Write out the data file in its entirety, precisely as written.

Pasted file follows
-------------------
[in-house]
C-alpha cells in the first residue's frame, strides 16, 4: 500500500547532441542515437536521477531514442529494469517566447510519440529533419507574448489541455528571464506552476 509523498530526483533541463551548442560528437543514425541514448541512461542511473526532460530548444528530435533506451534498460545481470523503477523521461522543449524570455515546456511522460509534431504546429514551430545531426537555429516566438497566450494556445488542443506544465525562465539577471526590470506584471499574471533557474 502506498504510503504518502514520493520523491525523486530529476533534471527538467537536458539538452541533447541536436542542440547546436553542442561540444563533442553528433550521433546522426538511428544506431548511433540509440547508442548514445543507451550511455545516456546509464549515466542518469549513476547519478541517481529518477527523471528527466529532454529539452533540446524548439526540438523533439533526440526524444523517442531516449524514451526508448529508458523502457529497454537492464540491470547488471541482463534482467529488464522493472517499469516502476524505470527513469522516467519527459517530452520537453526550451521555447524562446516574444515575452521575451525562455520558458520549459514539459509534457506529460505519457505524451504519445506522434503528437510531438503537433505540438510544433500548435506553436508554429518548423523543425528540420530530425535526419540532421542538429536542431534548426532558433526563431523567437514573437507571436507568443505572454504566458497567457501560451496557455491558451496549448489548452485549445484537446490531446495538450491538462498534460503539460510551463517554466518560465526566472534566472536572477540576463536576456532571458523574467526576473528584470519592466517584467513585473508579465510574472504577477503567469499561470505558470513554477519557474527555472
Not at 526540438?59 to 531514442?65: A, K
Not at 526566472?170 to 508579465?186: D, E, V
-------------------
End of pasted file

[in-house]
C-alpha cells in the first residue's frame, strides 16, 4: 500500500547532441542515437536521477531514442529494469517566447510519440529533419507574448489541455528571464506552476 509523498530526483533541463551548442560528437543514425541514448541512461542511473526532460530548444528530435533506451534498460545481470523503477523521461522543449524570455515546456511522460509534431504546429514551430545531426537555429516566438497566450494556445488542443506544465525562465539577471526590470506584471499574471533557474 502506498504510503504518502514520493520523491525523486530529476533534471527538467537536458539538452541533447541536436542542440547546436553542442561540444563533442553528433550521433546522426538511428544506431548511433540509440547508442548514445543507451550511455545516456546509464549515466542518469549513476547519478541517481529518477527523471528527466529532454529539452533540446524548439526540438523533439533526440526524444523517442531516449524514451526508448529508458523502457529497454537492464540491470547488471541482463534482467529488464522493472517499469516502476524505470527513469522516467519527459517530452520537453526550451521555447524562446516574444515575452521575451525562455520558458520549459514539459509534457506529460505519457505524451504519445506522434503528437510531438503537433505540438510544433500548435506553436508554429518548423523543425528540420530530425535526419540532421542538429536542431534548426532558433526563431523567437514573437507571436507568443505572454504566458497567457501560451496557455491558451496549448489548452485549445484537446490531446495538450491538462498534460503539460510551463517554466518560465526566472534566472536572477540576463536576456532571458523574467526576473528584470519592466517584467513585473508579465510574472504577477503567469499561470505558470513554477519557474527555472
Not at 526540438?59 to 531514442?65: A, K
Not at 526566472?170 to 508579465?186: D, E, V